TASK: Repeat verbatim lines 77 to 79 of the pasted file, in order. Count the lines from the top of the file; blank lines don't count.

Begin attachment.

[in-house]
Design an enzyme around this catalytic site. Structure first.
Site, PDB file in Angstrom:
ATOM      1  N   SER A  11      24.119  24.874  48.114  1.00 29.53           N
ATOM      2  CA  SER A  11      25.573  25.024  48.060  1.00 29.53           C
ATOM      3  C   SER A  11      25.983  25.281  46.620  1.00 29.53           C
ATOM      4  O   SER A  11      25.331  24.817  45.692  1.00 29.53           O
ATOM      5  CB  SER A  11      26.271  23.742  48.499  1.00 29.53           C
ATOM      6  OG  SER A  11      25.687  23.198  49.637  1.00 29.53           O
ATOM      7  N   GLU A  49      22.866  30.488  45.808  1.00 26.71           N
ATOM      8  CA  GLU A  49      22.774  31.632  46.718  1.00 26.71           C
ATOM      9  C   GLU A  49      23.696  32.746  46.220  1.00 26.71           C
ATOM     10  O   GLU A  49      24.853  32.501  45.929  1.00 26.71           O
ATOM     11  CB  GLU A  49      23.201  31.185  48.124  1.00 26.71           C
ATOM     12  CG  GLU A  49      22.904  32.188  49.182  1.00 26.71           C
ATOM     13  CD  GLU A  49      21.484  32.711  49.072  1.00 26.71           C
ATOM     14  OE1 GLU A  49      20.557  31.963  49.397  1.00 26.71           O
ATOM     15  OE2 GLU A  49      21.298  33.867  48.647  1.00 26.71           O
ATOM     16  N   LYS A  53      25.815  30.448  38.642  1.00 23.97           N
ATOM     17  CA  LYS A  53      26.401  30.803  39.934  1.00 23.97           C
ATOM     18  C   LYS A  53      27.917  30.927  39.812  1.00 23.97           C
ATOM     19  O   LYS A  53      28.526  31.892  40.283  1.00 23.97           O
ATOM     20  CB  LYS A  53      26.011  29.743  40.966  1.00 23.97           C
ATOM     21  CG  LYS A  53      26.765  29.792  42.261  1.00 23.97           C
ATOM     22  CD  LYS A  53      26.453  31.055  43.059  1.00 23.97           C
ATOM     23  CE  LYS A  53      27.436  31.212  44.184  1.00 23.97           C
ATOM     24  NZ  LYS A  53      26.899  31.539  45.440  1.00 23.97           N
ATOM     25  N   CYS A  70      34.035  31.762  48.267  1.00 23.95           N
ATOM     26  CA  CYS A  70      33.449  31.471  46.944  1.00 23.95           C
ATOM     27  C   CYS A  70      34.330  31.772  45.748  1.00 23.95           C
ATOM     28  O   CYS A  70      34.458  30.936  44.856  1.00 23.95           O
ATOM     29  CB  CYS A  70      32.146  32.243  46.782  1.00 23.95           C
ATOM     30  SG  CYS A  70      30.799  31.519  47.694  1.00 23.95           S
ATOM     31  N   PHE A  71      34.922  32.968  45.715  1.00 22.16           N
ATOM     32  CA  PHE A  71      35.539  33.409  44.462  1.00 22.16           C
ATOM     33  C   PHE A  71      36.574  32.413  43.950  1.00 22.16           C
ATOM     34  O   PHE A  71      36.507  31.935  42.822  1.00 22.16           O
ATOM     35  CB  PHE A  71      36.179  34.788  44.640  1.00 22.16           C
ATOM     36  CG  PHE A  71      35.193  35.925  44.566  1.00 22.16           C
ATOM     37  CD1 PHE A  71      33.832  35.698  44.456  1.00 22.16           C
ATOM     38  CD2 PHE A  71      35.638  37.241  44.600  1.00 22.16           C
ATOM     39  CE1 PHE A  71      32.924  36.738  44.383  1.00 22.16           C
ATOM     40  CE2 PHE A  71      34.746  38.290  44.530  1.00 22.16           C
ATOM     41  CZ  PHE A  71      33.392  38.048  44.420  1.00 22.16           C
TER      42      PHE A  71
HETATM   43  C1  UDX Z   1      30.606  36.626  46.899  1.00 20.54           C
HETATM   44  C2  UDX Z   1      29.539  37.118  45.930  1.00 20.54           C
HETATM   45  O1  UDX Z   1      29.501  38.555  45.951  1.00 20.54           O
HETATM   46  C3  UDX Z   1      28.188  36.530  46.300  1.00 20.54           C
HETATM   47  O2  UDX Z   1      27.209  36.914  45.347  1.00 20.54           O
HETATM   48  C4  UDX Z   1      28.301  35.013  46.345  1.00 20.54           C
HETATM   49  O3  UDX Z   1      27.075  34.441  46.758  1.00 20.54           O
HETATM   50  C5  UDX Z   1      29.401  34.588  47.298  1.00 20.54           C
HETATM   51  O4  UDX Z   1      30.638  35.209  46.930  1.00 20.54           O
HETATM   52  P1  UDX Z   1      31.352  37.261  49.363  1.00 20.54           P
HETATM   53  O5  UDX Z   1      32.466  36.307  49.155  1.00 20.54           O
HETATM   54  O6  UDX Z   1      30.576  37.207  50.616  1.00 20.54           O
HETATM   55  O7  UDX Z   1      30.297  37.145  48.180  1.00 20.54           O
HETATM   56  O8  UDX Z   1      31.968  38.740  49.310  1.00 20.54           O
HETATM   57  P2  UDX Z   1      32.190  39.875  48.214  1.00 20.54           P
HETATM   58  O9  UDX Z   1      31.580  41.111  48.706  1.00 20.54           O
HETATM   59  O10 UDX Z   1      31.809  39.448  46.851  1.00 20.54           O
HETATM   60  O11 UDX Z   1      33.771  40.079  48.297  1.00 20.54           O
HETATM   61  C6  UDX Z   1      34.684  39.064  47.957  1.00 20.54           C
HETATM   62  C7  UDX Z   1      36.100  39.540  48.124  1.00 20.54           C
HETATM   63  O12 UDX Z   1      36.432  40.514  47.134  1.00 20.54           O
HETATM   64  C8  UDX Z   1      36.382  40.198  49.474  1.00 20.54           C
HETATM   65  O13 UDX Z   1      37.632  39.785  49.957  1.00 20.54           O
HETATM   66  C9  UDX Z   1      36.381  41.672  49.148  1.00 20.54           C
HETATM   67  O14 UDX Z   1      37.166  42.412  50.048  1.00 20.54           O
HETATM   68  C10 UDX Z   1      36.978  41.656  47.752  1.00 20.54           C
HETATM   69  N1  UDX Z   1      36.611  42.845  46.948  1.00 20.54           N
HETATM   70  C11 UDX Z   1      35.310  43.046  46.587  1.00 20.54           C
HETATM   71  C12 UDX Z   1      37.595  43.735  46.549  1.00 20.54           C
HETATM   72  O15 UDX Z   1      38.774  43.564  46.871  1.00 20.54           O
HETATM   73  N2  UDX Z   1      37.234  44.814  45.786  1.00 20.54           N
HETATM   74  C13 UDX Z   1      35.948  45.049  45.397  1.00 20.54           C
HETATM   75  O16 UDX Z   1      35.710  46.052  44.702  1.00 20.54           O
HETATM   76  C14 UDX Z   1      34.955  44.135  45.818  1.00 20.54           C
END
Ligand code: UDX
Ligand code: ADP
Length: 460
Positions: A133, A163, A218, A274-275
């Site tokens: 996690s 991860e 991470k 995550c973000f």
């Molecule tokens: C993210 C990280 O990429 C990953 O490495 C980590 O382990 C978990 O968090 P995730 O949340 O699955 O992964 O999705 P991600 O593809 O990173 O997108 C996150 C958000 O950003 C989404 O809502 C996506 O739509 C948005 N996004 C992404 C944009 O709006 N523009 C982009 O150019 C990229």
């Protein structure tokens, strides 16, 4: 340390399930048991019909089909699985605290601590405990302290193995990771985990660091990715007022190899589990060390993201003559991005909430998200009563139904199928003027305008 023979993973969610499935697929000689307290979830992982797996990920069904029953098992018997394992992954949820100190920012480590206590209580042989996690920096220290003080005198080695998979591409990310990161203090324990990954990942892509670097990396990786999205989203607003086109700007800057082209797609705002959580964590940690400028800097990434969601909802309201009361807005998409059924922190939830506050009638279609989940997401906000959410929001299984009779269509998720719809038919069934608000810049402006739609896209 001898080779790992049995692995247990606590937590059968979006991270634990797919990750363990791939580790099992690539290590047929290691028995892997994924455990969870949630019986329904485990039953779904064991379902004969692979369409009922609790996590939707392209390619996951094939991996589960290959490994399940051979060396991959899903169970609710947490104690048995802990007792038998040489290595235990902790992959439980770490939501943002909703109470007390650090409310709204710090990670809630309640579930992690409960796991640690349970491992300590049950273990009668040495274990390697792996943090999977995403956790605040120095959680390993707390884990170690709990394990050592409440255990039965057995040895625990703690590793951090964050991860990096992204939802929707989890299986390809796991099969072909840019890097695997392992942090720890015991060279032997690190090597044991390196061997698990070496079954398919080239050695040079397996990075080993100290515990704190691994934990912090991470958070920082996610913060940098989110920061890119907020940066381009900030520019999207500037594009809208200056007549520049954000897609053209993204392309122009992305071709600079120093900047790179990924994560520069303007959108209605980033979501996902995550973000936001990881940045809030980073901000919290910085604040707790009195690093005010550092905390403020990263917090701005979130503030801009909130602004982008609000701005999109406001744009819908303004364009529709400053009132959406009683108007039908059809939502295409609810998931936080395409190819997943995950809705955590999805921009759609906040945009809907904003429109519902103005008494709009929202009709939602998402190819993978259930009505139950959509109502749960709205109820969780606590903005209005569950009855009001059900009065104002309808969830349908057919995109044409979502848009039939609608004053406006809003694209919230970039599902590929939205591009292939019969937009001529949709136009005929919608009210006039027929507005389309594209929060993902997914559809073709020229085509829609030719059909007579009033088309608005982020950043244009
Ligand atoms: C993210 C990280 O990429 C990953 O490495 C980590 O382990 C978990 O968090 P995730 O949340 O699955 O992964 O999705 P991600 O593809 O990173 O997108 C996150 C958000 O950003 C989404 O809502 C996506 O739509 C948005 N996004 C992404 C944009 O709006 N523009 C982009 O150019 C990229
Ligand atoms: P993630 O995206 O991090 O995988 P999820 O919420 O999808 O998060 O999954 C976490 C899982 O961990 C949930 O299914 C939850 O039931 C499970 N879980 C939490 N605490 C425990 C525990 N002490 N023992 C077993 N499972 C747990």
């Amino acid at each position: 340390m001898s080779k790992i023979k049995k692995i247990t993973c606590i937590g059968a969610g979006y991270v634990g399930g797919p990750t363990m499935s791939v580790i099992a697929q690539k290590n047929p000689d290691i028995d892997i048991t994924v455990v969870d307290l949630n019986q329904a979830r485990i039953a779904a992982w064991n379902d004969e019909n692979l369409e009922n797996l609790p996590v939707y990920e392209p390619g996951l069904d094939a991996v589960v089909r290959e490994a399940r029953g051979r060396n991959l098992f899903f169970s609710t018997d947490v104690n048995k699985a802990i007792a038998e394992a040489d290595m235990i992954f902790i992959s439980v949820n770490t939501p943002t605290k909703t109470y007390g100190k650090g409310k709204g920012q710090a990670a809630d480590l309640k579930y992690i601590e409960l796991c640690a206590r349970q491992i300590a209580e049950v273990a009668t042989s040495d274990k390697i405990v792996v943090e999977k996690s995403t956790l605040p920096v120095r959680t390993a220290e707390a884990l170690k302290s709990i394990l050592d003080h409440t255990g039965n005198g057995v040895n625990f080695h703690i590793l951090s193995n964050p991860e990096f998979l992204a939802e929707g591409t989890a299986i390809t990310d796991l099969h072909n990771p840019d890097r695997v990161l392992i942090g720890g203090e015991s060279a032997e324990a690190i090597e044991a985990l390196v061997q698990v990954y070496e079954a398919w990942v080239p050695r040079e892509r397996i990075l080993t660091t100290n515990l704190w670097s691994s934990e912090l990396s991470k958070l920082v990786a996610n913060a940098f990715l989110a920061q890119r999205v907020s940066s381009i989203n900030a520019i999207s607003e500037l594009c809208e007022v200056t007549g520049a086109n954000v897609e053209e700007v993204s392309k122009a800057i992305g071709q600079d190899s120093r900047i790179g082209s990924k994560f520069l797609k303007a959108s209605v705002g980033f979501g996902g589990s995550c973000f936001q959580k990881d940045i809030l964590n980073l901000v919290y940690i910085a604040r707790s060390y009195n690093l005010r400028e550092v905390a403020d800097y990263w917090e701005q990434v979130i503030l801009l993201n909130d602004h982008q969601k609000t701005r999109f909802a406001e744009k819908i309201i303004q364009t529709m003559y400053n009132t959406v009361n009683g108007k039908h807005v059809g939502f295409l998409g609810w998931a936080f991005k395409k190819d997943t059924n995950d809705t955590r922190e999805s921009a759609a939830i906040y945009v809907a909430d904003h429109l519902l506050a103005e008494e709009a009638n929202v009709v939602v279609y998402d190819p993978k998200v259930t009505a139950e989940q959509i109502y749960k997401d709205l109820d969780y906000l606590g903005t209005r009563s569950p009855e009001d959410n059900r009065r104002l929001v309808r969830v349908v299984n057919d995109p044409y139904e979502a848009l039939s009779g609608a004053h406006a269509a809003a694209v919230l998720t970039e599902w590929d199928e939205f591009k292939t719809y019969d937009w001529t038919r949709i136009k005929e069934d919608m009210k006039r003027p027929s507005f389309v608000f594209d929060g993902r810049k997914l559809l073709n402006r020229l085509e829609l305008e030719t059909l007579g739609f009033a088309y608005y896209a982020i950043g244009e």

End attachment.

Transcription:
HETATM   74  C13 UDX Z   1      35.948  45.049  45.397  1.00 20.54           C
HETATM   75  O16 UDX Z   1      35.710  46.052  44.702  1.00 20.54           O
HETATM   76  C14 UDX Z   1      34.955  44.135  45.818  1.00 20.54           C